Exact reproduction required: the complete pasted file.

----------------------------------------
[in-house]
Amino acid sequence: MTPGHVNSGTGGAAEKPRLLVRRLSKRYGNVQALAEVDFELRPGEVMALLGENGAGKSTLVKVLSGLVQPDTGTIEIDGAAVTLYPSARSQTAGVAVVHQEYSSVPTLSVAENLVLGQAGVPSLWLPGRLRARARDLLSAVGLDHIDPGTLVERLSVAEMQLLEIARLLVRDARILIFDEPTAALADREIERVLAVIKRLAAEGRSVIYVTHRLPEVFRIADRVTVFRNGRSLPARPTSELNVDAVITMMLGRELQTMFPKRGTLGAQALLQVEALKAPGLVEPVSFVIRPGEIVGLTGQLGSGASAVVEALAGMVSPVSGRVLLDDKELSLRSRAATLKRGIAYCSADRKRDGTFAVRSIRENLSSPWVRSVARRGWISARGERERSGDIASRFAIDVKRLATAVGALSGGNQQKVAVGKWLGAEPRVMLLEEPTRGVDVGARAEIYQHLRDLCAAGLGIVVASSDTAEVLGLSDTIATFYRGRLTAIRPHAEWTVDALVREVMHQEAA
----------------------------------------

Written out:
[in-house]
Amino acid sequence: MTPGHVNSGTGGAAEKPRLLVRRLSKRYGNVQALAEVDFELRPGEVMALLGENGAGKSTLVKVLSGLVQPDTGTIEIDGAAVTLYPSARSQTAGVAVVHQEYSSVPTLSVAENLVLGQAGVPSLWLPGRLRARARDLLSAVGLDHIDPGTLVERLSVAEMQLLEIARLLVRDARILIFDEPTAALADREIERVLAVIKRLAAEGRSVIYVTHRLPEVFRIADRVTVFRNGRSLPARPTSELNVDAVITMMLGRELQTMFPKRGTLGAQALLQVEALKAPGLVEPVSFVIRPGEIVGLTGQLGSGASAVVEALAGMVSPVSGRVLLDDKELSLRSRAATLKRGIAYCSADRKRDGTFAVRSIRENLSSPWVRSVARRGWISARGERERSGDIASRFAIDVKRLATAVGALSGGNQQKVAVGKWLGAEPRVMLLEEPTRGVDVGARAEIYQHLRDLCAAGLGIVVASSDTAEVLGLSDTIATFYRGRLTAIRPHAEWTVDALVREVMHQEAA